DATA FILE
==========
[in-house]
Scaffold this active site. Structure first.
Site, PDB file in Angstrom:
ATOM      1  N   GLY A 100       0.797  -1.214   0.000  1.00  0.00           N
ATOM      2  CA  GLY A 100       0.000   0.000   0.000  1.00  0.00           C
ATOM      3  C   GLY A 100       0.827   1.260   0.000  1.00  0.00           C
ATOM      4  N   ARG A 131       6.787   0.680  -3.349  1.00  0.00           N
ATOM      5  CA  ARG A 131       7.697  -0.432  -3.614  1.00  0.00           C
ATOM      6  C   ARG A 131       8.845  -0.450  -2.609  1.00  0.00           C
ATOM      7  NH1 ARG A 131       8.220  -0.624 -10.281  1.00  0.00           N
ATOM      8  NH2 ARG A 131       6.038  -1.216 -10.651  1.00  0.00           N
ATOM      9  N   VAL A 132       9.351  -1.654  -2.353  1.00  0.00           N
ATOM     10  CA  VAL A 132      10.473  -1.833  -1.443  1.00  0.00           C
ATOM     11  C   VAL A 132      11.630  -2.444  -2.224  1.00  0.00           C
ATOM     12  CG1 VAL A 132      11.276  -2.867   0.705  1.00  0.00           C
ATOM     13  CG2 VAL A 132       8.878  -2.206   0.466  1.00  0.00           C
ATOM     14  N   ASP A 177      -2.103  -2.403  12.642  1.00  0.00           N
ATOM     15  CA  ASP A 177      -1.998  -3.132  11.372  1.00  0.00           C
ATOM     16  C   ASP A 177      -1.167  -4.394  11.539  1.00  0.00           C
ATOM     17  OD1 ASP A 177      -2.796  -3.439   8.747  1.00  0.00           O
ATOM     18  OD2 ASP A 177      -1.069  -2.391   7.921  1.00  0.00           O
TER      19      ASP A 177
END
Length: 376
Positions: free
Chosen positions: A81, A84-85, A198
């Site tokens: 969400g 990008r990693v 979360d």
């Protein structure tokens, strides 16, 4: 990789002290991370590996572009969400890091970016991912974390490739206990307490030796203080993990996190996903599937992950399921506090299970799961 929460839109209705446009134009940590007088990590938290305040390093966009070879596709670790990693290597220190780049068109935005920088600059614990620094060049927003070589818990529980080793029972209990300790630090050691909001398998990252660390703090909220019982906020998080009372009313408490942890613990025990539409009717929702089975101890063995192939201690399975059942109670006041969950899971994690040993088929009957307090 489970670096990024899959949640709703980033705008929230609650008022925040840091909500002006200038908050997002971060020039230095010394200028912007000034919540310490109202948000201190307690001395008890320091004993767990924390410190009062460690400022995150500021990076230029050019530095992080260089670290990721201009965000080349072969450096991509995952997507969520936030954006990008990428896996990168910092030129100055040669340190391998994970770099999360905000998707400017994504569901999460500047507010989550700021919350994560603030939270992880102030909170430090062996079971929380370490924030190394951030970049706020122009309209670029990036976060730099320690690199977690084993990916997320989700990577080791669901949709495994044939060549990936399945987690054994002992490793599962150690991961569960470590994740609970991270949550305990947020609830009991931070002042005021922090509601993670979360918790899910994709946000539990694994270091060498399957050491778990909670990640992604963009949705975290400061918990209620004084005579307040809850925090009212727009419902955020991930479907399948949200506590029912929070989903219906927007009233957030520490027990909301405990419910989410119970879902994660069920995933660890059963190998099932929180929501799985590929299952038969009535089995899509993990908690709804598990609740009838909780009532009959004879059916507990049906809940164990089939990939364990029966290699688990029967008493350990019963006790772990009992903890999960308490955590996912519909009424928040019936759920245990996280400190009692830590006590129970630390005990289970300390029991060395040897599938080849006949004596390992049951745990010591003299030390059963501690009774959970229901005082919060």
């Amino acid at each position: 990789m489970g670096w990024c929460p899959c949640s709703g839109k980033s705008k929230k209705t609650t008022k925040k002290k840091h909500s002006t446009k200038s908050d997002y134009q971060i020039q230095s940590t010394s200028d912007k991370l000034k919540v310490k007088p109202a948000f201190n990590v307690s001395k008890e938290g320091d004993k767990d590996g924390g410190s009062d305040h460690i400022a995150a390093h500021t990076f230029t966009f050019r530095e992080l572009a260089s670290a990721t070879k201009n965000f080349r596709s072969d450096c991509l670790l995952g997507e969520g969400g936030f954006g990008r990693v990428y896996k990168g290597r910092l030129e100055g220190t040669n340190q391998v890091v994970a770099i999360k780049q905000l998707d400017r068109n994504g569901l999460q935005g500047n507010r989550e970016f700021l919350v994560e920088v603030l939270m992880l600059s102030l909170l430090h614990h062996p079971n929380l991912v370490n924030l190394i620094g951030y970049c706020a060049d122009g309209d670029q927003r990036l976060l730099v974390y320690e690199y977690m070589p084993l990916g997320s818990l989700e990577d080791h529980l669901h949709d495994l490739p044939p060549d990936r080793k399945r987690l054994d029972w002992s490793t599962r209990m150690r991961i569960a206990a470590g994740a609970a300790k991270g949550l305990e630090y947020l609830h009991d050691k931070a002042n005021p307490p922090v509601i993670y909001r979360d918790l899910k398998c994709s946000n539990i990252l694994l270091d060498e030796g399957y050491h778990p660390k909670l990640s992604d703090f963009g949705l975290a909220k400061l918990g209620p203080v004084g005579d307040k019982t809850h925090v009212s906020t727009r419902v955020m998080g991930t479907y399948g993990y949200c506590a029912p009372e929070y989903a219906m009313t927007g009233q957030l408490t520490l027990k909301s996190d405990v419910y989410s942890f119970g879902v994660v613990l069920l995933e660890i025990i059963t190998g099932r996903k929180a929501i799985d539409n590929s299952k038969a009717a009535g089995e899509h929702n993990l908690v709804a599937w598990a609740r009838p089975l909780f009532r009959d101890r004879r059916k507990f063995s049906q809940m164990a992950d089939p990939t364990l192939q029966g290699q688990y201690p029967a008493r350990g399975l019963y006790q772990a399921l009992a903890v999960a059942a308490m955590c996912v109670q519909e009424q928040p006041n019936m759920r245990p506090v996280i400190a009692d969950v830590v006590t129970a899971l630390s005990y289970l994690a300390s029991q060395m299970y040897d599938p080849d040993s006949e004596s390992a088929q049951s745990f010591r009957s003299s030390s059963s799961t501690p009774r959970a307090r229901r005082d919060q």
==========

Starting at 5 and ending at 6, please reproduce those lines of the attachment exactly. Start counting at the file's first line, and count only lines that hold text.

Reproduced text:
ATOM      2  CA  GLY A 100       0.000   0.000   0.000  1.00  0.00           C
ATOM      3  C   GLY A 100       0.827   1.260   0.000  1.00  0.00           C